His interviewer later offered a stunning reason why he wrote his book

Before we dive into the night in question — which, incidentally, is the title of the chapter in "If I Did It," in which O.J. Simpson "hypothetically" describes the murders — we must address the elephant in the room. Why on Earth would anyone, one might reasonably ask, seek to publish a book "hypothetically" describing how they would have committed a crime that they insist they didn't commit? Speaking to the panel during the 2018 airing of the interview, Judith Regan presented a possible answer, which is as reasonable as it is disturbing.

"He felt that if he could claim that it was hypothetical at this point, he would have deniability with the children," she said. "That was what he said. But from my point of view, who would possibly do this, even as a hypothetical, unless they had committed the murders?" A more than fair question, and one that viewers were left with as the presentation segued into the relevant portion of the interview. 

O.J. Simpson's hypothetical account of the murders is chillingly plausible

After explaining that it was "very difficult for [him] to do this," O.J. Simpson launched into an account involving a friend (who he refers to as Charlie) who he said told him that there were once again drug-involved shenanigans going on at Nicole Brown's house. "I remember thinking, 'Whatever's going on over there has to stop,'" he said. Simpson then said that, hypothetically, he parked in the alley in his infamous white Bronco, put on a cap and gloves, and had Charlie hold onto a knife that he kept in his car "for the crazies."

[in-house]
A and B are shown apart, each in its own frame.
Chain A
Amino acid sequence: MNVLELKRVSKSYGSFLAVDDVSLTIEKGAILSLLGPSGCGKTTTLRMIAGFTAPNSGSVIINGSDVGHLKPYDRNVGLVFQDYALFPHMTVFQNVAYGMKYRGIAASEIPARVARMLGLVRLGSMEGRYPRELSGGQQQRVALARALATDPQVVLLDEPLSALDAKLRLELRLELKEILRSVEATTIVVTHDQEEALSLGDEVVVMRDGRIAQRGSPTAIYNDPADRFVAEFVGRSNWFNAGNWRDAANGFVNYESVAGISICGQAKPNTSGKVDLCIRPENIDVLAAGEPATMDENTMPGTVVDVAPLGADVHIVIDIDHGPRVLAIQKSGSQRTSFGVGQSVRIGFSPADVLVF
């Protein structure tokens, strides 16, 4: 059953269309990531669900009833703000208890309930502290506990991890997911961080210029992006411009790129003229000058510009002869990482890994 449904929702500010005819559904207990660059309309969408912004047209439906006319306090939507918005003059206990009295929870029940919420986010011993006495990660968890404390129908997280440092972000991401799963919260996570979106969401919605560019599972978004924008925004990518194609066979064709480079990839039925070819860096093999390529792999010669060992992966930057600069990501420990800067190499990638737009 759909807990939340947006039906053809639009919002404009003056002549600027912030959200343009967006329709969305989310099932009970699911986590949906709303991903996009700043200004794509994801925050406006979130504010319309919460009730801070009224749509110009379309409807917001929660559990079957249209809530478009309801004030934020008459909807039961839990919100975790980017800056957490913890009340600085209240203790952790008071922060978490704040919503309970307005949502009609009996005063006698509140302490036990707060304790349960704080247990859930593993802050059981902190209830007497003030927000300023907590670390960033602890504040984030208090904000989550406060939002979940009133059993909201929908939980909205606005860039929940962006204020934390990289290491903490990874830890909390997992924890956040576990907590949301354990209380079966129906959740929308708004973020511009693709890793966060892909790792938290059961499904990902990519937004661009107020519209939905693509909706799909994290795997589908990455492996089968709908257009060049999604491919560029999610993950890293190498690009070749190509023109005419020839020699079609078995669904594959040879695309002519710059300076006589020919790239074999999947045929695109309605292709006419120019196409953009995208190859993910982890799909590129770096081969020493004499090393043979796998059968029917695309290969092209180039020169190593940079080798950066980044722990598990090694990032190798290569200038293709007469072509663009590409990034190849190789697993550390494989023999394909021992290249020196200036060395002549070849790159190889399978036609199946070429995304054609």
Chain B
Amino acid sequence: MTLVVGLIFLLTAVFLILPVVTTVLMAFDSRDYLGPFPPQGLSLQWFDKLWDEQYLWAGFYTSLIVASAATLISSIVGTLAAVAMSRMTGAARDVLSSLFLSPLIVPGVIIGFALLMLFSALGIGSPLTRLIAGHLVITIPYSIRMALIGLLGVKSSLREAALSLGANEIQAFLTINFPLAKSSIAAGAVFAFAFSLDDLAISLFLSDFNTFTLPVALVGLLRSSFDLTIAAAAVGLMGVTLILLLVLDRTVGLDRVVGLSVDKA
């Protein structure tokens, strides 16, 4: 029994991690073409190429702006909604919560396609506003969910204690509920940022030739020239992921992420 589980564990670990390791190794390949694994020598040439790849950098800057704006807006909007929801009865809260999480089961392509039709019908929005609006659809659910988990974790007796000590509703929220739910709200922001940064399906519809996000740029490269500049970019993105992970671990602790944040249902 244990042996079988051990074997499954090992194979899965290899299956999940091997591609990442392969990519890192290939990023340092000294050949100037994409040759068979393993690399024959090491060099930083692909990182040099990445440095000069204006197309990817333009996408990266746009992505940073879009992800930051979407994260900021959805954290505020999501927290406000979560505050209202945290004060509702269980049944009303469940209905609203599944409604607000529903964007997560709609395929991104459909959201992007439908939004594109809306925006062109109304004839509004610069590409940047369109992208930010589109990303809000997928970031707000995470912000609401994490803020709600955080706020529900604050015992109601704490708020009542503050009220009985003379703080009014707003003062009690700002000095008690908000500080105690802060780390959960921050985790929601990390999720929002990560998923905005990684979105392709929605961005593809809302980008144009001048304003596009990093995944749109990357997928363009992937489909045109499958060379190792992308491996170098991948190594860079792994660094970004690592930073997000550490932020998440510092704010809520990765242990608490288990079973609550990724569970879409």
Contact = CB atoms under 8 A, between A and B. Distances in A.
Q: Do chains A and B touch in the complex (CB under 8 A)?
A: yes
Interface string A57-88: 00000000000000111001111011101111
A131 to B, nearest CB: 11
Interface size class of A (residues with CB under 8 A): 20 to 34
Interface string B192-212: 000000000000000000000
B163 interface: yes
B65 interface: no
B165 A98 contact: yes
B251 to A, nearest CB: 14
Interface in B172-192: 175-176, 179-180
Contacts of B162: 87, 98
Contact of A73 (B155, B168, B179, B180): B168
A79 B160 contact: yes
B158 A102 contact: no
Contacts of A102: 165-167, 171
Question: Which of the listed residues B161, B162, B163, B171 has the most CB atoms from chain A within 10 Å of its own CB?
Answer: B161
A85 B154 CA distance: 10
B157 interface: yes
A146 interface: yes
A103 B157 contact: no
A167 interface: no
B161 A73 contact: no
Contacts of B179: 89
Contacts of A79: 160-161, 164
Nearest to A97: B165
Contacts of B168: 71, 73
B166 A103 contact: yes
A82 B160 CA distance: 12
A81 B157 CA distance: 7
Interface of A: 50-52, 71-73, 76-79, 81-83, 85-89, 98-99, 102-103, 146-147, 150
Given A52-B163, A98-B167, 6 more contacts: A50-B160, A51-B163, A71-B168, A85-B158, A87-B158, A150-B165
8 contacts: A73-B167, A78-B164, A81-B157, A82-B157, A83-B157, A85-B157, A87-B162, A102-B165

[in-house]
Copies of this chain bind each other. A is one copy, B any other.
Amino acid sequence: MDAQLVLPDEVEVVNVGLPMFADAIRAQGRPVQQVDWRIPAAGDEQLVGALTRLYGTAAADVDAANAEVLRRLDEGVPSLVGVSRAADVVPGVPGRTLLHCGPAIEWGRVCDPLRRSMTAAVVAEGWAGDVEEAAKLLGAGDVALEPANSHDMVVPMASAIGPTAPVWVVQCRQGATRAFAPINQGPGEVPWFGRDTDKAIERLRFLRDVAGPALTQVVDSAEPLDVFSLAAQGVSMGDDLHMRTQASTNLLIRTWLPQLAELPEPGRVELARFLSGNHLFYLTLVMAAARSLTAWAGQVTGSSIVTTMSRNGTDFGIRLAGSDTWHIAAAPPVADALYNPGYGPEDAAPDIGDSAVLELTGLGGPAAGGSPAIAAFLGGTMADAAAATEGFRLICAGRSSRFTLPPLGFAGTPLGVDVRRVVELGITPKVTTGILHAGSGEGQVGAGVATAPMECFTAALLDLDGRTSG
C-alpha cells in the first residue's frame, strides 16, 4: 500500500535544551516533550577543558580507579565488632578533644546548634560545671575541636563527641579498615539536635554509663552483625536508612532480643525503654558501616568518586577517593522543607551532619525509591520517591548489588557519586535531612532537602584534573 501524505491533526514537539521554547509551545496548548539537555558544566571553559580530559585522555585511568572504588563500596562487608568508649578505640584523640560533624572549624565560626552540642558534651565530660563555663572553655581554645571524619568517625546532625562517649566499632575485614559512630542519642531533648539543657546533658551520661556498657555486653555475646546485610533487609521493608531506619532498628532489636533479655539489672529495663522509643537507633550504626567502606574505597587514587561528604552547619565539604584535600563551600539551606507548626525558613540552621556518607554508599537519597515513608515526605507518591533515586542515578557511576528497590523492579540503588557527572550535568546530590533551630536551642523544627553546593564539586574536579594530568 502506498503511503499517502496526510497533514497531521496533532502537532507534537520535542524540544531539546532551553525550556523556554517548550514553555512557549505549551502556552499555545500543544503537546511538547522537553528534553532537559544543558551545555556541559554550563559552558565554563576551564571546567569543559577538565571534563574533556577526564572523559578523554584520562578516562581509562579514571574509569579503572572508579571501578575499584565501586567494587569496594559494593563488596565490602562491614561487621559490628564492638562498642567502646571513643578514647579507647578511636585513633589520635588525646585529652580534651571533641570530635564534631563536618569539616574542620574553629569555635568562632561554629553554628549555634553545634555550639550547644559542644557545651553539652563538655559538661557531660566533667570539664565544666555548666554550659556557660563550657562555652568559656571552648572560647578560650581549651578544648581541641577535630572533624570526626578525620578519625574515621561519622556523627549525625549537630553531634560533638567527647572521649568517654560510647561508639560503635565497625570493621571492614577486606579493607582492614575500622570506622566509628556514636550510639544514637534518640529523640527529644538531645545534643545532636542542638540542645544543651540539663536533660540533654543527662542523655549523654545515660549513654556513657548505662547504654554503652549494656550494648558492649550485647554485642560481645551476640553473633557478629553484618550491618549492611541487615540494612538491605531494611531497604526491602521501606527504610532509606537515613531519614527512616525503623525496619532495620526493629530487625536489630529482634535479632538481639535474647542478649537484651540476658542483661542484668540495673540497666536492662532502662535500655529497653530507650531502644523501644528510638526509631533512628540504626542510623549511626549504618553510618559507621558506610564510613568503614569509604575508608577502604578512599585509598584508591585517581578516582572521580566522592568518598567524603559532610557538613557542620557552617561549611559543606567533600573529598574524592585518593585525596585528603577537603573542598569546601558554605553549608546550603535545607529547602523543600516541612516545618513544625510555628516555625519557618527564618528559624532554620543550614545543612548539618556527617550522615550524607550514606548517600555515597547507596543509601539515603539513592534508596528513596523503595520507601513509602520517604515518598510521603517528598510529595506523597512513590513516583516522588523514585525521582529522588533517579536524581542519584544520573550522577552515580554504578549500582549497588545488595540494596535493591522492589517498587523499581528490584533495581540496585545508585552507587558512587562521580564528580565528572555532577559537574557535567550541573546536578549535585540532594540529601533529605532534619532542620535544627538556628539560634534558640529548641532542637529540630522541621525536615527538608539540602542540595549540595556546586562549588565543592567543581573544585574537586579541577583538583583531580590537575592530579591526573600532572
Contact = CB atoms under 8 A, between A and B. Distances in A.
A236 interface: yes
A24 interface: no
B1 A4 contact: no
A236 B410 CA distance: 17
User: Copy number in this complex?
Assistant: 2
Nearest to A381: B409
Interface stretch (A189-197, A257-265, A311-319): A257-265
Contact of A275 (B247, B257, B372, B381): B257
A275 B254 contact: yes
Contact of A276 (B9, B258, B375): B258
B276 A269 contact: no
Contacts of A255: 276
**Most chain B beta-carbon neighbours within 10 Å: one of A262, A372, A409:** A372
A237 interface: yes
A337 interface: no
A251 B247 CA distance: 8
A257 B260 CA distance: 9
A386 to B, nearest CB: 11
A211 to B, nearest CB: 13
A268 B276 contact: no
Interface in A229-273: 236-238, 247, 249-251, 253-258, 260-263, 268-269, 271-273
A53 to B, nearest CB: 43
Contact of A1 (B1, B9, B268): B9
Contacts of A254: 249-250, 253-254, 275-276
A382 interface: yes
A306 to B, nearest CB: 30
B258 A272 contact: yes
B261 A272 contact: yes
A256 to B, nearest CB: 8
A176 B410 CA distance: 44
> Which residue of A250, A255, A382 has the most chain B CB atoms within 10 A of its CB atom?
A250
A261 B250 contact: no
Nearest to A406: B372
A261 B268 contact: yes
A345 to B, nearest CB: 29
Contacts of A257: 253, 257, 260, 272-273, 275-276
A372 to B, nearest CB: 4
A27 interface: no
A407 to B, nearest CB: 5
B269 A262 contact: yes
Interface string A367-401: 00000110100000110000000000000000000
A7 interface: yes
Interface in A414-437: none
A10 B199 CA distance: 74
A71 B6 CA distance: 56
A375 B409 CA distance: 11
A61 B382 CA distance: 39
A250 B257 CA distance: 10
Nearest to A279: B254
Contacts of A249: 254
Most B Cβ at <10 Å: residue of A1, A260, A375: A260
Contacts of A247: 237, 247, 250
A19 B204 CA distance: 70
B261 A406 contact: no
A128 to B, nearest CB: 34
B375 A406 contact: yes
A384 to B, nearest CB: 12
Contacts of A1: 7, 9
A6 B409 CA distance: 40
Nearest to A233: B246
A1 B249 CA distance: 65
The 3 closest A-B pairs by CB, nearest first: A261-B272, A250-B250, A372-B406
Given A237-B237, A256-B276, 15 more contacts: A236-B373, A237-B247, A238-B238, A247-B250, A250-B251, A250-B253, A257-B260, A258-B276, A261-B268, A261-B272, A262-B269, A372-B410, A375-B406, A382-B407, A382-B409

He then hypothetically entered through the back gate, and soon thereafter, Goldman appeared — "a guy [he] really didn't recognize" — and a verbal confrontation ensued. At that point, Brown appeared, and Simpson hypothetically confronted her about what Ron Goldman was doing there. Charlie, who had followed Goldman in, watched as "things got heated ... [and] Nicole fell, and hurt herself." Goldman then entered a martial arts stance, which Simpson hypothetically didn't take kindly to. Simpson then took the knife from Charlie — and after that point, he said he didn't remember what happened next, only that after he came to his senses, "there was all kinds of stuff around." "What kind of stuff?" Regan asked. "Blood and stuff," he said. Simpson then chuckled heartily, saying, "I hate to say this, but ... I'm sorry, I know we've gotta back up again."